EFFECT OF SALES PROMOTION TOOLS ON CUSTOMER PURCHASE DECISION WITH SPECIAL REFERENCE TO SPECIALTY PRODUCT (CAMERA) AT CHENNAI, TAMILNADU ABSTRACT EFFECT OF SALES PROMOTION TOOLS ON CUSTOMER PURCHASE DECISION WITH SPECIAL REFERENCE TO SPECIALTY PRODUCT (CAMERA) AT CHENNAI, TAMILNADU 1 C. Suresh, 2 K. Anandanatarajan, 3 R. Sritharan ABSTRACT In the

More information

Earnings Announcement and Abnormal Return of S&P 500 Companies. Luke Qiu Washington University in St. Louis Economics Department Honors Thesis

Earnings Announcement and Abnormal Return of S&P 500 Companies. Luke Qiu Washington University in St. Louis Economics Department Honors Thesis Earnings Announcement and Abnormal Return of S&P 500 Companies Luke Qiu Washington University in St. Louis Economics Department Honors Thesis March 18, 2014 Abstract In this paper, I investigate the extent

More information

Journal of Financial and Strategic Decisions Volume 12 Number 2 Fall 1999

Journal of Financial and Strategic Decisions Volume 12 Number 2 Fall 1999 Journal of Financial and Strategic Decisions Volume 12 Number 2 Fall 1999 PUBLIC UTILITY COMPANIES: INSTITUTIONAL OWNERSHIP AND THE SHARE PRICE RESPONSE TO NEW EQUITY ISSUES Greg Filbeck * and Patricia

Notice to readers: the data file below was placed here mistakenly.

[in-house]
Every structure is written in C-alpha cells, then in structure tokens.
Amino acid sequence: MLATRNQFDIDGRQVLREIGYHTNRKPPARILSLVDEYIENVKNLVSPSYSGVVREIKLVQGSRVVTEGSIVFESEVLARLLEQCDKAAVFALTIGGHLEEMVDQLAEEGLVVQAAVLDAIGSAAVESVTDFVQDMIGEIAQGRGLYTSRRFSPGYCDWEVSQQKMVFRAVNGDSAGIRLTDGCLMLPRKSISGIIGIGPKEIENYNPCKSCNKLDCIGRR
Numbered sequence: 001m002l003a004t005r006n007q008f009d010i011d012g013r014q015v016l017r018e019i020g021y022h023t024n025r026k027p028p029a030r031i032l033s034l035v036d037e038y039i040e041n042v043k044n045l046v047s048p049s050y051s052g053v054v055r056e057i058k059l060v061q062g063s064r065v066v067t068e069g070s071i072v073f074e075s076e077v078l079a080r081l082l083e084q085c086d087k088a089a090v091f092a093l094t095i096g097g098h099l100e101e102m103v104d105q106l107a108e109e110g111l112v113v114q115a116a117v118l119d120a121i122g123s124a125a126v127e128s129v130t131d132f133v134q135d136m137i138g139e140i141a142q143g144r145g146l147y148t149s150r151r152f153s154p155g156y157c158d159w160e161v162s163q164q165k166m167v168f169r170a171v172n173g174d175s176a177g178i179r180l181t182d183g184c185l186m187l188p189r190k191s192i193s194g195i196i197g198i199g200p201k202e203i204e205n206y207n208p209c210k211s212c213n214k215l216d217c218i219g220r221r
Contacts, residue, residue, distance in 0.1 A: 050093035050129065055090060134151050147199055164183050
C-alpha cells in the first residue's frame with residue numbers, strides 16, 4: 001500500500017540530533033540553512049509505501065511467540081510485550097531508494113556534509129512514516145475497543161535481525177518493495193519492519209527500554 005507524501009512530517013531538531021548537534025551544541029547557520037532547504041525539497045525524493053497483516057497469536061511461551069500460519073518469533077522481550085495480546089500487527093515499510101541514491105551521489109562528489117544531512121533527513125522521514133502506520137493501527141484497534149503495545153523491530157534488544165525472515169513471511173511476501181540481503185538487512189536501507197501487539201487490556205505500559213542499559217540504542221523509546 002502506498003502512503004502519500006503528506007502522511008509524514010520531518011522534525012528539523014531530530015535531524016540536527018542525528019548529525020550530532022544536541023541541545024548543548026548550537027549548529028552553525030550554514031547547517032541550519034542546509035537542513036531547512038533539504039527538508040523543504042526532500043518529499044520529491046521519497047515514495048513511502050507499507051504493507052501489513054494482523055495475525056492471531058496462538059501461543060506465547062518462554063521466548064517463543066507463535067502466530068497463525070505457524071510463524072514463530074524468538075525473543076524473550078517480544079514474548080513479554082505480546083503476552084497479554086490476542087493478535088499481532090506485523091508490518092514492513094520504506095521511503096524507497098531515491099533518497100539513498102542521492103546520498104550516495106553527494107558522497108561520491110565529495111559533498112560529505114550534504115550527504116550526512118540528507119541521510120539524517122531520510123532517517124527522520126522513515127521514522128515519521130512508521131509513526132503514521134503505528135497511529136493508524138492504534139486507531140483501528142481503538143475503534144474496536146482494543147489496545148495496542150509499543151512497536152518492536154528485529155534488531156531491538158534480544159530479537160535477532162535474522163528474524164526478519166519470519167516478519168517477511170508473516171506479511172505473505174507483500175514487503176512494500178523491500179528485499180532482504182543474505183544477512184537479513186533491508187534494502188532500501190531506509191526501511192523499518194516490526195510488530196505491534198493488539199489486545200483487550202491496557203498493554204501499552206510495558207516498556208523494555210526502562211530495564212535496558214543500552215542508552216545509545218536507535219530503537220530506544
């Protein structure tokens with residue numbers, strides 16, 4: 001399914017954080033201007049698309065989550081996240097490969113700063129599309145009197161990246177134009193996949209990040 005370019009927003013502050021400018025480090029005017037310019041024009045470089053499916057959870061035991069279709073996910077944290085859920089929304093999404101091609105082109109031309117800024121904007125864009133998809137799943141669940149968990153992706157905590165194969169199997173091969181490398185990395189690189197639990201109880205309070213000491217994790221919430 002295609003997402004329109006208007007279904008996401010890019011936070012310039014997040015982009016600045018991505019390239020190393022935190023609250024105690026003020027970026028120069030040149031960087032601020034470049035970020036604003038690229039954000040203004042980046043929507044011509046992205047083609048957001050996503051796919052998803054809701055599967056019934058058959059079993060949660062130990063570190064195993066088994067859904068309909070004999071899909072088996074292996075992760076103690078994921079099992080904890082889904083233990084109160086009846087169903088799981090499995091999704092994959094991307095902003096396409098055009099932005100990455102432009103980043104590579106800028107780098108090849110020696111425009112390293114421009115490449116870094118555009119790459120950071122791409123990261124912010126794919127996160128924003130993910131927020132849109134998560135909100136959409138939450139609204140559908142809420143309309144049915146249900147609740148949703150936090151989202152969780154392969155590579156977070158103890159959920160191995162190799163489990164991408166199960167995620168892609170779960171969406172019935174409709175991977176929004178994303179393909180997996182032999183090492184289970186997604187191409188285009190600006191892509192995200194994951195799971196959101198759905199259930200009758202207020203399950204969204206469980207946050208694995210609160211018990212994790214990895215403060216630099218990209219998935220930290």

More information

Firm and Product Life Cycles and Firm Survival

Firm and Product Life Cycles and Firm Survival TECHNOLOGICAL CHANGE Firm and Product Life Cycles and Firm Survival By RAJSHREE AGARWAL AND MICHAEL GORT* On average, roughly 5 10 percent of the firms in a given market leave that market over the span

More information

Does Triple Jeopardy Exist for Retail Chains?

Does Triple Jeopardy Exist for Retail Chains? 1 Does Triple Jeopardy Exist for Retail Chains? Byron Sharp and Erica Riebe Marketing Science Centre University of South Australia, School of Marketing Abstract The famous double jeopardy empirical generalisation

More information

The Determinants of Used Rental Car Prices

The Determinants of Used Rental Car Prices Sung Jin Cho / Journal of Economic Research 10 (2005) 277 304 277 The Determinants of Used Rental Car Prices Sung Jin Cho 1 Hanyang University Received 23 August 2005; accepted 18 October 2005 Abstract

More information

The Strategic Use of Supplier Price and Cost Analysis

The Strategic Use of Supplier Price and Cost Analysis The Strategic Use of Supplier Price and Cost Analysis Michael E. Smith, Ph.D., C.Q.A. MBA Program Director and Associate Professor of Management & International Business Western Carolina University Lee

More information

Response. A Cluster Analytic Approach to Market. Functions I I I I I DONALD E. SEXTON, JR.*